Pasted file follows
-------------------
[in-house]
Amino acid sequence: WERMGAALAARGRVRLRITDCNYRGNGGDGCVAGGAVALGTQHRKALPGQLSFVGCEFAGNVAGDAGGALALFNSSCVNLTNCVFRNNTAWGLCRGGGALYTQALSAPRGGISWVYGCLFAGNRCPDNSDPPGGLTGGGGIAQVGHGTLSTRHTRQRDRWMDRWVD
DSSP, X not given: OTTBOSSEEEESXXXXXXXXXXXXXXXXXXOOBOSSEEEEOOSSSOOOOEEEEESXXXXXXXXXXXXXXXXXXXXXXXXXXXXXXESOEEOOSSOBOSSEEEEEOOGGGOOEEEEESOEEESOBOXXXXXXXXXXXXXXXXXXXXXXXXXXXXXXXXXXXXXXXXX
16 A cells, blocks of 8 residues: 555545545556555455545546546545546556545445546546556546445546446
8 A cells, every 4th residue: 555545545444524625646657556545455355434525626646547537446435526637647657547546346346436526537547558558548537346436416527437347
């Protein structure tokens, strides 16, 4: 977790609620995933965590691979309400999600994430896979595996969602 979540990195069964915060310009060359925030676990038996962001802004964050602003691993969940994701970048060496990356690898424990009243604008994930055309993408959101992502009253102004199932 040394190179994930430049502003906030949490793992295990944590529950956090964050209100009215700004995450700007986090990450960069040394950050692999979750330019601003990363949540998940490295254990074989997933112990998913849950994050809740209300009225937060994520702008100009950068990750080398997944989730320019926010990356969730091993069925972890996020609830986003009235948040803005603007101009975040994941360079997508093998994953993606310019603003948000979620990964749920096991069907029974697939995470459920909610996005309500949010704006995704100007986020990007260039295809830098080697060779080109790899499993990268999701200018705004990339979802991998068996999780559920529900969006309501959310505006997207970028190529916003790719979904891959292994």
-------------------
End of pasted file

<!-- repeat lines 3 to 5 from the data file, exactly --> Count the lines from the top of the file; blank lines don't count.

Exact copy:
DSSP, X not given: OTTBOSSEEEESXXXXXXXXXXXXXXXXXXOOBOSSEEEEOOSSSOOOOEEEEESXXXXXXXXXXXXXXXXXXXXXXXXXXXXXXESOEEOOSSOBOSSEEEEEOOGGGOOEEEEESOEEESOBOXXXXXXXXXXXXXXXXXXXXXXXXXXXXXXXXXXXXXXXXX
16 A cells, blocks of 8 residues: 555545545556555455545546546545546556545445546546556546445546446
8 A cells, every 4th residue: 555545545444524625646657556545455355434525626646547537446435526637647657547546346346436526537547558558548537346436416527437347